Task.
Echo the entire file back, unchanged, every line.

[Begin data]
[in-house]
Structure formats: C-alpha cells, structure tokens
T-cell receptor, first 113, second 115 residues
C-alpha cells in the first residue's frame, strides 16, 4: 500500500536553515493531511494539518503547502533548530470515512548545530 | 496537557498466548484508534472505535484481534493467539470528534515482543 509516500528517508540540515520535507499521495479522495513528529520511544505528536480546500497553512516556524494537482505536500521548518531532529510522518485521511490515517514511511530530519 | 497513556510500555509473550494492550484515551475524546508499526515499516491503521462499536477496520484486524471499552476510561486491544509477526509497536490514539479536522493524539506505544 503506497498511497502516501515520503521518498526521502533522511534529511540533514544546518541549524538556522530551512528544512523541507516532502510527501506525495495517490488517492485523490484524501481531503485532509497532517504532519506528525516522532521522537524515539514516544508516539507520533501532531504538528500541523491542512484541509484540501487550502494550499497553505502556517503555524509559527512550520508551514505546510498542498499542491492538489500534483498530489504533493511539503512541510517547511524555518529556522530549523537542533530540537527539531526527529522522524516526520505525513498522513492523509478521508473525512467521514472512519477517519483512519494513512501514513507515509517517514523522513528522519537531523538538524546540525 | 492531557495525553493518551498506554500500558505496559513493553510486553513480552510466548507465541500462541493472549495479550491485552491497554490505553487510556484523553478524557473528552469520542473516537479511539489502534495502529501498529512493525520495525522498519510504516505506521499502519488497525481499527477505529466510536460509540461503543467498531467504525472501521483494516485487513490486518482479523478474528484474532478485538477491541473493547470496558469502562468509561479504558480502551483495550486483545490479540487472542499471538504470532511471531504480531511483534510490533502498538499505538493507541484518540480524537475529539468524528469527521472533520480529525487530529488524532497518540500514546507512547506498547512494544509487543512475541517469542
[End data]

[in-house]
Structure formats: C-alpha cells, structure tokens
T-cell receptor, first 113, second 115 residues
C-alpha cells in the first residue's frame, strides 16, 4: 500500500536553515493531511494539518503547502533548530470515512548545530 | 496537557498466548484508534472505535484481534493467539470528534515482543 509516500528517508540540515520535507499521495479522495513528529520511544505528536480546500497553512516556524494537482505536500521548518531532529510522518485521511490515517514511511530530519 | 497513556510500555509473550494492550484515551475524546508499526515499516491503521462499536477496520484486524471499552476510561486491544509477526509497536490514539479536522493524539506505544 503506497498511497502516501515520503521518498526521502533522511534529511540533514544546518541549524538556522530551512528544512523541507516532502510527501506525495495517490488517492485523490484524501481531503485532509497532517504532519506528525516522532521522537524515539514516544508516539507520533501532531504538528500541523491542512484541509484540501487550502494550499497553505502556517503555524509559527512550520508551514505546510498542498499542491492538489500534483498530489504533493511539503512541510517547511524555518529556522530549523537542533530540537527539531526527529522522524516526520505525513498522513492523509478521508473525512467521514472512519477517519483512519494513512501514513507515509517517514523522513528522519537531523538538524546540525 | 492531557495525553493518551498506554500500558505496559513493553510486553513480552510466548507465541500462541493472549495479550491485552491497554490505553487510556484523553478524557473528552469520542473516537479511539489502534495502529501498529512493525520495525522498519510504516505506521499502519488497525481499527477505529466510536460509540461503543467498531467504525472501521483494516485487513490486518482479523478474528484474532478485538477491541473493547470496558469502562468509561479504558480502551483495550486483545490479540487472542499471538504470532511471531504480531511483534510490533502498538499505538493507541484518540480524537475529539468524528469527521472533520480529525487530529488524532497518540500514546507512547506498547512494544509487543512475541517469542